EU advises Russia to honor gas contract with Ukraine
Apr 11, 2014 - 12:00 am GMT+3
Apr 11, 2014 12:00 am
BRUSSELS — The EU executive urged Russia on Friday to honor its gas contracts after President Vladimir Putin warned Europe its supplies would be in peril unless it helped pay Ukraine's gas debt.
"Europe is a reliable gas client and we expect our suppliers to meet their commitments", said European Commission spokeswoman Pia Ahrenkilde Hansen in the latest chapter of the East-West tug of war over Ukraine.
Around a quarter of Europe's gas is bought from Russia, with half of that piped through Ukraine.
The spokeswoman also underlined that 70 percent of Russia's energy exports, including oil and gas, go to Europe, accounting for about half of the state's revenues.
Taking questions at a news briefing the day after Putin warned that Moscow was tired of accruing debt from the Western-backed leadership in Kiev, Commission officials were reassuring, saying there had been no disruption to Europe's gas supplies and that stocks currently were sufficient.
"All gas supplies are normal and stable and we expect all sides to respect their commitments," said the Commission's energy spokeswoman Sabine Berger.
Gas reserves currently totalled 37 billion cubic meters, or around 50 percent of total capacity, "and several member states are refilling," Berger added.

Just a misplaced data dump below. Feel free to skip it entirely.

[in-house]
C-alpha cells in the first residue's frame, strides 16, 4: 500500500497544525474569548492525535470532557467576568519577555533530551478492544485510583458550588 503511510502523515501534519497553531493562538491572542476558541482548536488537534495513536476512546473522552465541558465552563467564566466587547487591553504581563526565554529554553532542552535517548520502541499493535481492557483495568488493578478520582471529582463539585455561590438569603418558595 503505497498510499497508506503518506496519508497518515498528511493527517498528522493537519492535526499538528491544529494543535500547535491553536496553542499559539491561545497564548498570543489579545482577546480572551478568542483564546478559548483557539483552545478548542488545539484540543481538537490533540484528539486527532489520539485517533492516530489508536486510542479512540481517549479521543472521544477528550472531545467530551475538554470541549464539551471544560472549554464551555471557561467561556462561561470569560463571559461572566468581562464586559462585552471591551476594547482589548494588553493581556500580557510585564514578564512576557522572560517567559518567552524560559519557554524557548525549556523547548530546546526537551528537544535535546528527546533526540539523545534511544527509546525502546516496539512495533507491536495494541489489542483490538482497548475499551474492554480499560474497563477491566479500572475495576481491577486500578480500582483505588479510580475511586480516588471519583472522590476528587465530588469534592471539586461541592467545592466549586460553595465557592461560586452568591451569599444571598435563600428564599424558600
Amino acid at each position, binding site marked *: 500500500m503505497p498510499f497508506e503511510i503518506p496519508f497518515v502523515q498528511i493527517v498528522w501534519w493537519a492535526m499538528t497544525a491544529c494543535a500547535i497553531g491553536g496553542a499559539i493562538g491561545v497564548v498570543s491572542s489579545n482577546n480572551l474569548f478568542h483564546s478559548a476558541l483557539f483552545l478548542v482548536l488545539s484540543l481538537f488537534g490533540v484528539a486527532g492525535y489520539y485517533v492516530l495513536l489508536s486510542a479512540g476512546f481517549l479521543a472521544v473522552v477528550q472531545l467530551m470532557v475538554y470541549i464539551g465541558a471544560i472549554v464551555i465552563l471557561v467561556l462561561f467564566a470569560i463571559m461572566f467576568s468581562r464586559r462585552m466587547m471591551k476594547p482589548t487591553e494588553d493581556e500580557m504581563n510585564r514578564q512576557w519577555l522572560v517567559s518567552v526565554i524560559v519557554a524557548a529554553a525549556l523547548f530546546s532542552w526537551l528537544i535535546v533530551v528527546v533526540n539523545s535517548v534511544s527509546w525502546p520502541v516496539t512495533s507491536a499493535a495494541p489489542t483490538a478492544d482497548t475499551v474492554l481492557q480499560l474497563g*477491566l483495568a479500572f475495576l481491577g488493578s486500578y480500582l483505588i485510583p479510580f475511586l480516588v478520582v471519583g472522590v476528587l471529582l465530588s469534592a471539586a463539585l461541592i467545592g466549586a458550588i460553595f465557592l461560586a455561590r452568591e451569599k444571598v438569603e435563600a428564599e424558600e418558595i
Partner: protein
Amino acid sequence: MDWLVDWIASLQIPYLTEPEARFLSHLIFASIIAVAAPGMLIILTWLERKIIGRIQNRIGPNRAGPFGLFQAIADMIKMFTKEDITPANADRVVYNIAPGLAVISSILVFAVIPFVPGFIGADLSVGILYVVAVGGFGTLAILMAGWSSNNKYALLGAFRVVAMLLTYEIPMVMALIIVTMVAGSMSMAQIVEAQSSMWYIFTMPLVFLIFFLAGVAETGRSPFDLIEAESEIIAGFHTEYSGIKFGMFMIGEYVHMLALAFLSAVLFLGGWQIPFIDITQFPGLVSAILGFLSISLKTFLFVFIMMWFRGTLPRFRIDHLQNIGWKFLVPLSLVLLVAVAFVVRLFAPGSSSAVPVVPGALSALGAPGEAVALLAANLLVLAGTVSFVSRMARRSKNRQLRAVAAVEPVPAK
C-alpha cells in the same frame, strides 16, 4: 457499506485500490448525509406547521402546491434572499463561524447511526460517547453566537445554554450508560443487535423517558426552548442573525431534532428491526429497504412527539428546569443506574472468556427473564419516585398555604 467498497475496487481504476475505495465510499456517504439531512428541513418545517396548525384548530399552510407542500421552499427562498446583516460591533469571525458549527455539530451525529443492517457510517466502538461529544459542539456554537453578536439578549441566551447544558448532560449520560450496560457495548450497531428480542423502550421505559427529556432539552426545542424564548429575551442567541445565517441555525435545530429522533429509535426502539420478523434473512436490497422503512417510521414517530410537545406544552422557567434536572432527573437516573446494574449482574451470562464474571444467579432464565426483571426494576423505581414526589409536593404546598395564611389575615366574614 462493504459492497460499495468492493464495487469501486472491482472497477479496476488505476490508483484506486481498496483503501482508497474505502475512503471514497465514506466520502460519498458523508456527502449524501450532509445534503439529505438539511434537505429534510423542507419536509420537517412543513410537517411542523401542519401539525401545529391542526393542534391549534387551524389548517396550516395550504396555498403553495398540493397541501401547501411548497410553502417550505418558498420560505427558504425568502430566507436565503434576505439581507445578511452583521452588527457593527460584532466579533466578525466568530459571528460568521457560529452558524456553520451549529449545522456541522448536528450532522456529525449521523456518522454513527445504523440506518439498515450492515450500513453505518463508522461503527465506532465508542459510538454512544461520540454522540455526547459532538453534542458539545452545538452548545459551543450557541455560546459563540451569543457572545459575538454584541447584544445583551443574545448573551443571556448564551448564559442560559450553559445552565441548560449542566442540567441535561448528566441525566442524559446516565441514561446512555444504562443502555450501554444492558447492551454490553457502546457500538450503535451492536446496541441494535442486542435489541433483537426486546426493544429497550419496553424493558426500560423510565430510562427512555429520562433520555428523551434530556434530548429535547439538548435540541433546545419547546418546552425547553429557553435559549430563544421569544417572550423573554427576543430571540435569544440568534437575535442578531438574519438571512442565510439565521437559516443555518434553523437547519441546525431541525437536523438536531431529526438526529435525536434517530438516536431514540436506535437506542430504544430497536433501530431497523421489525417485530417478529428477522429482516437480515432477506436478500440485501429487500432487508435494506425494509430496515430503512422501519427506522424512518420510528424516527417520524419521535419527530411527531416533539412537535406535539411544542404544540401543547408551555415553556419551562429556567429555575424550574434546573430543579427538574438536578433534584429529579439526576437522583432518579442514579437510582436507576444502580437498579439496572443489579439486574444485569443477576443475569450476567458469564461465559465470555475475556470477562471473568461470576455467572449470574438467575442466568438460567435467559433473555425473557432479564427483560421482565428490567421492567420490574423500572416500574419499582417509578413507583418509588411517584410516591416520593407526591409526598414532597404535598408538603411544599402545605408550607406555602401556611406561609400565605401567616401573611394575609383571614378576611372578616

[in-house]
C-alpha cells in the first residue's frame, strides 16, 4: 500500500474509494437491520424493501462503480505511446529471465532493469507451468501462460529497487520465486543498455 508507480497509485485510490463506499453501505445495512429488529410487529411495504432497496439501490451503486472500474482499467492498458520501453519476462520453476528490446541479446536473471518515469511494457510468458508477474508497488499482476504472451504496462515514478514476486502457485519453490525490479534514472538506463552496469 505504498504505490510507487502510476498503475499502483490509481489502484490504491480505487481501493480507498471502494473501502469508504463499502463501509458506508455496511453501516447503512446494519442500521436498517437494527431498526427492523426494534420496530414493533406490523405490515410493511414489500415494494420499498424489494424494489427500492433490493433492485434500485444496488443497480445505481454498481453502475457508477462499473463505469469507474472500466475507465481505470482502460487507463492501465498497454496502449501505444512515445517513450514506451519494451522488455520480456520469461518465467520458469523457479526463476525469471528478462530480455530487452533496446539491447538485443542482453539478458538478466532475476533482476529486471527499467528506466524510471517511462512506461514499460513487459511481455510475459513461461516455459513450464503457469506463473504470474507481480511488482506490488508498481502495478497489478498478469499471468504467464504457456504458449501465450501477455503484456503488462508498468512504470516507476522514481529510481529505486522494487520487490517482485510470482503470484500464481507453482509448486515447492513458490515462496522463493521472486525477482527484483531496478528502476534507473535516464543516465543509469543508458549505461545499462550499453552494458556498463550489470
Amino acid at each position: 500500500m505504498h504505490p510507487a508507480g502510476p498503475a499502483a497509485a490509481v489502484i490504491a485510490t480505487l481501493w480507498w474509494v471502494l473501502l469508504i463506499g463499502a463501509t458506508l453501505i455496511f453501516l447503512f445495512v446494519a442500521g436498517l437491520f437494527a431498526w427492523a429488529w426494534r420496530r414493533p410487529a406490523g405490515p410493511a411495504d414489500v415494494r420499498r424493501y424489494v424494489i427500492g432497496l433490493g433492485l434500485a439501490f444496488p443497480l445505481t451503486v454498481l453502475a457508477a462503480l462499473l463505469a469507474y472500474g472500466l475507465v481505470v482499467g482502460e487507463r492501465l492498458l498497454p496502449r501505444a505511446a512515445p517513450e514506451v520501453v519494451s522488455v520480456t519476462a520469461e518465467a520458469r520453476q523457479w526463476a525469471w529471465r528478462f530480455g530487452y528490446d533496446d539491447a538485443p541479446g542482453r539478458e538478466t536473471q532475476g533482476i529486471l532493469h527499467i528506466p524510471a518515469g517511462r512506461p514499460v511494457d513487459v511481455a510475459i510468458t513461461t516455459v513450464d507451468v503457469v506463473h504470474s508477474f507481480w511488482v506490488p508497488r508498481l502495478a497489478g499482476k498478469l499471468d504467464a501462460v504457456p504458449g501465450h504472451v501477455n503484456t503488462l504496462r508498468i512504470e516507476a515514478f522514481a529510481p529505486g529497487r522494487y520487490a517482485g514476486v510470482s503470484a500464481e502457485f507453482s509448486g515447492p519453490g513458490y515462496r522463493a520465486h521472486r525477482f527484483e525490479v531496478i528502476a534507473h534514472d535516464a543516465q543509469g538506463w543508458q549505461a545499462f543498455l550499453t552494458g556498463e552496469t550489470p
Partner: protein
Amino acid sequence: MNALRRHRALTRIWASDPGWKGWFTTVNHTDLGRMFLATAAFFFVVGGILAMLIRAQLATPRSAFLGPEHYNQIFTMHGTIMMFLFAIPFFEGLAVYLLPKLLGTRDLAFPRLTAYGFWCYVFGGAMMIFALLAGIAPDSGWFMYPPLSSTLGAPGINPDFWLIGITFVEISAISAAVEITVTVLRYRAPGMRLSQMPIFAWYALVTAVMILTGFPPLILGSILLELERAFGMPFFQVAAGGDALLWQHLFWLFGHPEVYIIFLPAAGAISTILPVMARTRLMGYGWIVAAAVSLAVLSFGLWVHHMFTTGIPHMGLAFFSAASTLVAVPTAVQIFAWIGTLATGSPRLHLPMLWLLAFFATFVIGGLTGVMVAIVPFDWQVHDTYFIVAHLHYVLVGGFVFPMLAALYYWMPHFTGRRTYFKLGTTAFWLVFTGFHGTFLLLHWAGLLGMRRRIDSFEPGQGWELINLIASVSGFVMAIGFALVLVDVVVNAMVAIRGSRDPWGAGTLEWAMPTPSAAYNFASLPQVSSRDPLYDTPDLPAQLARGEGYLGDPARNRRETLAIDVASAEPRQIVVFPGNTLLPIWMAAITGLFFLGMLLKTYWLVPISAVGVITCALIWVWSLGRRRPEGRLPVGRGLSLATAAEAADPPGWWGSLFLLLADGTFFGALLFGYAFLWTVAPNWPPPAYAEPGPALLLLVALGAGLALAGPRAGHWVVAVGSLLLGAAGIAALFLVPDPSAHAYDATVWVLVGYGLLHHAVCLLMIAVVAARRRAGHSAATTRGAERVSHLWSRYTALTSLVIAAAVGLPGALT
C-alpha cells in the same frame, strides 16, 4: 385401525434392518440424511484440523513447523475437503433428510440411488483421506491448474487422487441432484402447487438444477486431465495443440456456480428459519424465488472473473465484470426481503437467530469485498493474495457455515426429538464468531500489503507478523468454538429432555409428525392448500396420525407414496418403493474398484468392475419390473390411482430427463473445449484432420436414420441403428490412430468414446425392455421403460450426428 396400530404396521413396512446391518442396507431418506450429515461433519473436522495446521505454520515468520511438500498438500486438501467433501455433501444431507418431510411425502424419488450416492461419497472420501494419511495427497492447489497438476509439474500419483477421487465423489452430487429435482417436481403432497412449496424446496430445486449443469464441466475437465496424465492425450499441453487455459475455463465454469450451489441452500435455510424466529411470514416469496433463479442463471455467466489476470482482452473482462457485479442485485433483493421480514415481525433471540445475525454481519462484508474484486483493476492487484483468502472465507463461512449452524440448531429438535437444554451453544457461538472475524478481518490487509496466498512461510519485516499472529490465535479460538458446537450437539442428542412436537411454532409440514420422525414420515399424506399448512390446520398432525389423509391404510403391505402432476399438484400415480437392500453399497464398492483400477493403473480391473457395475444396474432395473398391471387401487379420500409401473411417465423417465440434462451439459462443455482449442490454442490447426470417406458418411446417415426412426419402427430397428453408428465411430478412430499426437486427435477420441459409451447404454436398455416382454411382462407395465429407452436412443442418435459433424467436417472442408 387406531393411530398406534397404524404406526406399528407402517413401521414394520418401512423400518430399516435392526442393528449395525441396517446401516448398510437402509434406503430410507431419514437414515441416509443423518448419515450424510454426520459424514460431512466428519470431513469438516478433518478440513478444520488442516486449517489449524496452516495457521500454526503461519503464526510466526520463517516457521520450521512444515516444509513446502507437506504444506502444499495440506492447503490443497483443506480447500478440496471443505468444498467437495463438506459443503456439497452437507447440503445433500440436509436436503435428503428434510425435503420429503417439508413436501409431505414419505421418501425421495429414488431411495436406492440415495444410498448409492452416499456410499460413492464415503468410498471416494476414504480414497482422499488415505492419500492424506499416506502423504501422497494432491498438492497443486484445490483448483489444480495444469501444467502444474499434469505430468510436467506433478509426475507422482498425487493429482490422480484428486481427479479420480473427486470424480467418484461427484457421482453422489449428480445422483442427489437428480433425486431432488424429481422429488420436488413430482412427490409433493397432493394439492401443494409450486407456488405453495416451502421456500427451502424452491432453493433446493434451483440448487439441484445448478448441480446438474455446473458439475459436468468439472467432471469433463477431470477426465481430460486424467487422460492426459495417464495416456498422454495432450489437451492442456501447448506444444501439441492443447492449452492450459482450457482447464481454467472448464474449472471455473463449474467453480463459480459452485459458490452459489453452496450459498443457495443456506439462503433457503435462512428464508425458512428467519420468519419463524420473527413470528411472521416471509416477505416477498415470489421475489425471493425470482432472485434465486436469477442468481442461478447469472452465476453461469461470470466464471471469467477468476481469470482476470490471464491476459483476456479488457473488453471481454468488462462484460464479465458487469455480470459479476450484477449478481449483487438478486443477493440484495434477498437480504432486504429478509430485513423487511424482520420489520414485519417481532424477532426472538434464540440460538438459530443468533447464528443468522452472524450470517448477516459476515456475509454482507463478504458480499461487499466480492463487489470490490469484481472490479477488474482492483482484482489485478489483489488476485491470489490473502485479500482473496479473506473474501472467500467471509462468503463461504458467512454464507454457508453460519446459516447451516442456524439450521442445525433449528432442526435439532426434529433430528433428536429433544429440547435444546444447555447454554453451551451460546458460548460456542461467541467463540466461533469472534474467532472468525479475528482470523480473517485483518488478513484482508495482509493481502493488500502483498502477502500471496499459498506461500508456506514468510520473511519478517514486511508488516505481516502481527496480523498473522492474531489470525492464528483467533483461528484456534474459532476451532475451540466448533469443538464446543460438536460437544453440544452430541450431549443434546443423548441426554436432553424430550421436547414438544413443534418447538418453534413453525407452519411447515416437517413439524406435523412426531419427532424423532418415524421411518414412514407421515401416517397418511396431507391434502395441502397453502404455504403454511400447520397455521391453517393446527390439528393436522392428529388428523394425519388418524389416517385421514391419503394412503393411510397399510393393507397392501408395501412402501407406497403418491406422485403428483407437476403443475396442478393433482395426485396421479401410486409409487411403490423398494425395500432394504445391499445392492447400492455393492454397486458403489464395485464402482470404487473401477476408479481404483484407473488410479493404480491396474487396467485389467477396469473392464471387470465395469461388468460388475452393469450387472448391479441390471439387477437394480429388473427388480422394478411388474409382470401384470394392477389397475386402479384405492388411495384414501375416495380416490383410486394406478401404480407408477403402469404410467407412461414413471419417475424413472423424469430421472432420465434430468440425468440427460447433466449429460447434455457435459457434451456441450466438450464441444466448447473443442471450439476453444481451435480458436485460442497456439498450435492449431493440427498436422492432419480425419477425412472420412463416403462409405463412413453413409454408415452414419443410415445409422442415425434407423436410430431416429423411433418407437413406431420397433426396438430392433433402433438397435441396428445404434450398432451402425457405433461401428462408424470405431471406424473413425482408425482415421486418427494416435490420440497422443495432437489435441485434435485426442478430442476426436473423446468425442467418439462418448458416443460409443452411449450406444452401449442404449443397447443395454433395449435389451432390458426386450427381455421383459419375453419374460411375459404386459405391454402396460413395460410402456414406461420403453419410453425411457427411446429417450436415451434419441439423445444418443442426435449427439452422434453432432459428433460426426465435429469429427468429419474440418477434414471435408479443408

In a letter to 18 EU nations, Putin warned that state gas firm Gazprom could be "compelled to switch over to advance payment for gas deliveries" and "completely or partially cease gas deliveries" if Ukraine fails to pay a $2.2-billion (1.6-billion-euro) debt.
Putin added that "Russia is prepared to participate in the effort to stabilise and restore Ukraine's economy" but only on "equal terms" with the EU.
The letter was sent to the leaders of France, Germany, Poland, Greece, Serbia, Austria, Croatia, Slovenia, Bulgaria and Italy, but not to the European Union as such.
Also on the list of the recipients, all of them countries that receive Russian gas through Ukraine pipelines, were Moldova, Romania, Turkey, Hungary, the Slovak Republic, Macedonia, the Czech Republic and Bosnia and Herzegovina.
U.S. State Department spokeswoman Jen Psaki condemned "Russia's efforts to use energy as a tool of coercion" and said the US was working with Ukraine to provide financing and help it find enough gas.